“I just can’t be a princess because I have braids in my hair.”
Writer Alicia Hadley recalls hearing those words from 4‑year-old daughter Prevy after seeing the many Disney princesses with long and/or straightened hair.
“I have to take the braids out so my hair can be like this,” she said as she ran her hands through her braids as to show that her hair needed to be straight. Then she dropped her head again. That’s when I realized it wasn’t anything someone had told her, it was something she had observed,” Alicia, recalled.
This is all too common. At the age of 4, a young girl can already sum up her worth in comparison to what she is exposed to. Not all may be as tuned in to their self-worth as little the young natural who quickly corrected a bully’s behavior in school.
Alicia goes on to reflect on mainstream culture’s image of a princess;
I considered the most popular “fairy tale” princesses. Among the thirteen Disney Princesses in the Disney Princess Franchise (Snow White, Cinderella, Aurora, Ariel, Belle, Jasmine, Pocahontas, Mulan, Tiana, Rapunzel, Merida, Anna and Elsa) there’s little variety. Sure, some have black hair, blonde hair, white and brown hair. There’s even one with red wavy hair.
And while all of them being tall and slim creates a dilemma, to me, there’s an even greater problem. Only one princess is black, Tiana, and her hair is long and straight. But Disney isn’t the only company lacking diversity in this area. I’ve rarely seen black princesses in storybooks, cartoons and television programs. When I have observed them, their features have appeared generic to their European counterparts.
Further into my thinking, I realized something far worse… Among all the Disney princes, kings and queens, none are black. Even beyond Disney, I have never seen an animation nor children’s book with a black prince, king, or queen!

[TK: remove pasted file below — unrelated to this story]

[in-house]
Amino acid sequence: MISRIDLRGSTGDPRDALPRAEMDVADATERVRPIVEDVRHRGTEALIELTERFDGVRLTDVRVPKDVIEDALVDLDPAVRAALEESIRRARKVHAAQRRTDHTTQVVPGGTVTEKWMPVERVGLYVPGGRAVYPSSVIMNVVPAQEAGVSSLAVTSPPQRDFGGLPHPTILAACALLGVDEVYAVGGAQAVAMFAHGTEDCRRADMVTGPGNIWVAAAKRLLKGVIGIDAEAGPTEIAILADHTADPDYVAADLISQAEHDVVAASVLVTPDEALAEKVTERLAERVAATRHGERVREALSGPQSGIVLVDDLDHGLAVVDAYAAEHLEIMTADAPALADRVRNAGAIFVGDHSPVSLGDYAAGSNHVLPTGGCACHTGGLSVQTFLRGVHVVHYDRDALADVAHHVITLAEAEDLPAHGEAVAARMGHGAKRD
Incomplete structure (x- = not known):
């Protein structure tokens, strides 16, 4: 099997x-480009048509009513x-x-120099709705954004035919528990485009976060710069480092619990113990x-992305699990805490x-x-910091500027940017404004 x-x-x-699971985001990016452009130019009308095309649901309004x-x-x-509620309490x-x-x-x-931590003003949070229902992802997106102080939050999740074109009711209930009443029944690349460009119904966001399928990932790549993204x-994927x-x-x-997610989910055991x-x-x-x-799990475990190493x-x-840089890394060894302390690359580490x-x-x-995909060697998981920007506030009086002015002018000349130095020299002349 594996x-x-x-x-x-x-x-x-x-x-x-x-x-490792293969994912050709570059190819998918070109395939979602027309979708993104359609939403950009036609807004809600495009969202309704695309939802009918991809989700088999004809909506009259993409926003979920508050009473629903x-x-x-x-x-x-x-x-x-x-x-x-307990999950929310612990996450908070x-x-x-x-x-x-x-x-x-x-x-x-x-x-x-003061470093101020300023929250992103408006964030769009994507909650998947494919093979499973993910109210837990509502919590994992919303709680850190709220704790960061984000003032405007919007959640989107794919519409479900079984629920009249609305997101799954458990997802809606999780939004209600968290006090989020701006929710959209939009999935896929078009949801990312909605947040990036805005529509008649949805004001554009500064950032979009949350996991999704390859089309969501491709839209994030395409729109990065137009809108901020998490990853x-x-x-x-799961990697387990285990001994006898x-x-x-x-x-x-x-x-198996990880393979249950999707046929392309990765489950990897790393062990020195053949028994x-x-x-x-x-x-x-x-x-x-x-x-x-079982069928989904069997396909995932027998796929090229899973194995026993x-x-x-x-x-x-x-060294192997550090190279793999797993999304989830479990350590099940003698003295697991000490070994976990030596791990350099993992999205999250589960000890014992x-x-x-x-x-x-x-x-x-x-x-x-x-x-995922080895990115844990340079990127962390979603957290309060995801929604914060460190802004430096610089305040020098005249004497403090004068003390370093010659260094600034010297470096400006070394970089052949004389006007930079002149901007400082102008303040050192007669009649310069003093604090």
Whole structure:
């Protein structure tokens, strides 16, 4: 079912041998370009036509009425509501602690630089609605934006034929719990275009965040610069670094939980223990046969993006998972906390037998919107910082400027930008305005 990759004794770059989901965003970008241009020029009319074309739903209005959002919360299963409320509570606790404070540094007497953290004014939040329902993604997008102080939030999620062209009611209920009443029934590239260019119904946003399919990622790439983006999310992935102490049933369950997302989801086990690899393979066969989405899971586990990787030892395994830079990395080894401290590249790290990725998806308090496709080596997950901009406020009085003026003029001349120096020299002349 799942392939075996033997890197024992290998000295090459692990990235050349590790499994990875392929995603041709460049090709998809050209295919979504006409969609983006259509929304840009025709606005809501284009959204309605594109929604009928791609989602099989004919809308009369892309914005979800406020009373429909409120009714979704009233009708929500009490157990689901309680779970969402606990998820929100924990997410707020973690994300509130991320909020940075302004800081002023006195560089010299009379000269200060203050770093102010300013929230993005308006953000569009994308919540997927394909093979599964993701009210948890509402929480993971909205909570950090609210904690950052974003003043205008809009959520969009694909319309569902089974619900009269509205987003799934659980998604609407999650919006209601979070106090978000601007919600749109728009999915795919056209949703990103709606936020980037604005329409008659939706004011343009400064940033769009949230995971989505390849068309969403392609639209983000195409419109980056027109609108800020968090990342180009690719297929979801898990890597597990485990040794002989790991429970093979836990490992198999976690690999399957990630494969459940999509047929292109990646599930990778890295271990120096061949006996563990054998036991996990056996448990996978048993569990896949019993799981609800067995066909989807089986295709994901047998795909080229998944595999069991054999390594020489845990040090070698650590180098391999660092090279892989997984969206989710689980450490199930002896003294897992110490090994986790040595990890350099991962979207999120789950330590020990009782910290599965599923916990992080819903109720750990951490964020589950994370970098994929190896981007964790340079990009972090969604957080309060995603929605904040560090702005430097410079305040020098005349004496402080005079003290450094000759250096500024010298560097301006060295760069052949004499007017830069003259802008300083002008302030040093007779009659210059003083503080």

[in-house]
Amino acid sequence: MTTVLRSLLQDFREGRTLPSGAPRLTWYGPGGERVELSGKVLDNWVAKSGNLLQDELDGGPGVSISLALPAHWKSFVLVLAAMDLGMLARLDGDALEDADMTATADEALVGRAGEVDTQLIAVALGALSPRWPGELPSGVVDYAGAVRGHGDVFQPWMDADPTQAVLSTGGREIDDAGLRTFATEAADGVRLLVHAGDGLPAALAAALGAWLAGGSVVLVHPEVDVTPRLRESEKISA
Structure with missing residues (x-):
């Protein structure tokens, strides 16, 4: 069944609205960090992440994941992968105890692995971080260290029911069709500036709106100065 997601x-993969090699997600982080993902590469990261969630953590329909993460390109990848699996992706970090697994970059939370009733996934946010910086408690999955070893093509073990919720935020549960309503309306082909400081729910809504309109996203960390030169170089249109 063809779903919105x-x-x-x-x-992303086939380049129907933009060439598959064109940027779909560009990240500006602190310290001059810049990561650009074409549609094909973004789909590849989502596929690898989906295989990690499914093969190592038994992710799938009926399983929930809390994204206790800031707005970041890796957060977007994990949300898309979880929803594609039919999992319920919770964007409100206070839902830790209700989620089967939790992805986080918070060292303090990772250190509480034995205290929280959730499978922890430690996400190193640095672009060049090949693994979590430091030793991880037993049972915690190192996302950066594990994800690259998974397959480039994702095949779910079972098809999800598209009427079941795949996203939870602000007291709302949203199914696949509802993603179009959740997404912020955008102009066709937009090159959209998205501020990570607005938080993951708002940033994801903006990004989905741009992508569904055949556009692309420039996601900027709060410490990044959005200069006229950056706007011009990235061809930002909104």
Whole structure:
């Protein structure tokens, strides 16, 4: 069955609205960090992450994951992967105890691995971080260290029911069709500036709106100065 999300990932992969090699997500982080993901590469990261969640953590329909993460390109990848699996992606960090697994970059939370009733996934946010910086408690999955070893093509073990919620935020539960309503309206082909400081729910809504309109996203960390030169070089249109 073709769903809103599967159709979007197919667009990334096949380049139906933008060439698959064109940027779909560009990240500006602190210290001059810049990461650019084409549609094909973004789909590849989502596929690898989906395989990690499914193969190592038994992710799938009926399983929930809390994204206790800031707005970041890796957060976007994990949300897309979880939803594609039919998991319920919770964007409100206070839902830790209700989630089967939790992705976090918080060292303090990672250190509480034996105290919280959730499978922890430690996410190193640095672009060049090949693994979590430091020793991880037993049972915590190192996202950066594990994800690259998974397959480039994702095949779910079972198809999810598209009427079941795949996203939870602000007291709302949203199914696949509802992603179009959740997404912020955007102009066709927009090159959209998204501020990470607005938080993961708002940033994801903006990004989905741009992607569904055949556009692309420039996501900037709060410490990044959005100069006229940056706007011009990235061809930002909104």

Alicia then goes on to make a direct link between the lack of black princes, princesses, kings and queens, and compromised self esteem in young black boys and girls
That’s when I realized this is more than shameful. It’s damaging to the black community and here’s why. The development of trust, security, confidence and self-esteem is established during the early stages of childhood. Children love to watch, imagine and imitate. They are fascinated by the arts and learn best when lessons are coupled with things they enjoy. This is something that primetime kid network organizations understand. That’s why their pre-school/elementary programming often consists of engaging animations combined with social-emotional and life skill lessons.
Princess characters are depicted as the most beautiful, kind and fair; the princess is one who is honored and cherished. She makes important decisions, learns life lesson and overcomes obstacles—She’s an overall role model for young girls to follow. The same can be said for all royal characters. The queen and the princess have similar characteristics while the prince and king are portrayed as respected, heroic and handsome gentlemen.
Thus, if whites are primarily given the “royal” roles (and they are), methods that most appeal to children aren’t teaching our black kids that they, nor others who look like them, are held at high-esteem. Our young black girls aren’t seeing black women as honored and cherished. Our black boys aren’t seeing black men as heroic and respected. Therefore, black children, as a whole, are taught that whites are most valued, beautiful and handsome.
Though we can tell our children that they are equally all of these things, they haven’t seen themselves represented as such in a way they understand. Hence, they struggle with having confidence in their own culture and physical appearance at an early age. Case in point: “I just can’t be a princess because I have braids in my hair.”
While the situation with Alicia’s daughter is heartbreaking, some would say it’s indicative of why we should create, seek out and support children’s media created from a black perspective. And is it reasonable to expect mainstream culture to create positive images of black royalty for us?
Read the full essay here.
What are your thoughts ladies? And what are some ways we can introduce positive body image to our young girls in a world that excludes the beauty of many women of color?